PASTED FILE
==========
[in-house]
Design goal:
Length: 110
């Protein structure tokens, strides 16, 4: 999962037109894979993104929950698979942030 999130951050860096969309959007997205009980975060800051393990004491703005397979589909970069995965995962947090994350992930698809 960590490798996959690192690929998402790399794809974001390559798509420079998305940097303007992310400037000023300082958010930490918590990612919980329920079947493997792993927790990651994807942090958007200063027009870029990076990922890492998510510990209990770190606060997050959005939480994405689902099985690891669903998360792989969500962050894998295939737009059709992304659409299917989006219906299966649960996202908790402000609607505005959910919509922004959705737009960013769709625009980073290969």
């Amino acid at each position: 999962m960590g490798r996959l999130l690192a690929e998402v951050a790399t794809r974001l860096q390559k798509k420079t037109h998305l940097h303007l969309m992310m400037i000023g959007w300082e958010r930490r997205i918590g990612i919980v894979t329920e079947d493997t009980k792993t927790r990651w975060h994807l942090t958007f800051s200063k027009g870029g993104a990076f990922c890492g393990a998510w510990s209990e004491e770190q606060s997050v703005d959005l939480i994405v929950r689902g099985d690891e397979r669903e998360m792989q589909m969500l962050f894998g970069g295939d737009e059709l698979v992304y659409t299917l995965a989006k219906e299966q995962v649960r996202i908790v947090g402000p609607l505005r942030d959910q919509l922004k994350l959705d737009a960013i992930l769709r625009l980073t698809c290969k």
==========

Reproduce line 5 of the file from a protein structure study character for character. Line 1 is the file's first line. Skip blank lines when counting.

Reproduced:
């Amino acid at each position: 999962m960590g490798r996959l999130l690192a690929e998402v951050a790399t794809r974001l860096q390559k798509k420079t037109h998305l940097h303007l969309m992310m400037i000023g959007w300082e958010r930490r997205i918590g990612i919980v894979t329920e079947d493997t009980k792993t927790r990651w975060h994807l942090t958007f800051s200063k027009g870029g993104a990076f990922c890492g393990a998510w510990s209990e004491e770190q606060s997050v703005d959005l939480i994405v929950r689902g099985d690891e397979r669903e998360m792989q589909m969500l962050f894998g970069g295939d737009e059709l698979v992304y659409t299917l995965a989006k219906e299966q995962v649960r996202i908790v947090g402000p609607l505005r942030d959910q919509l922004k994350l959705d737009a960013i992930l769709r625009l980073t698809c290969k």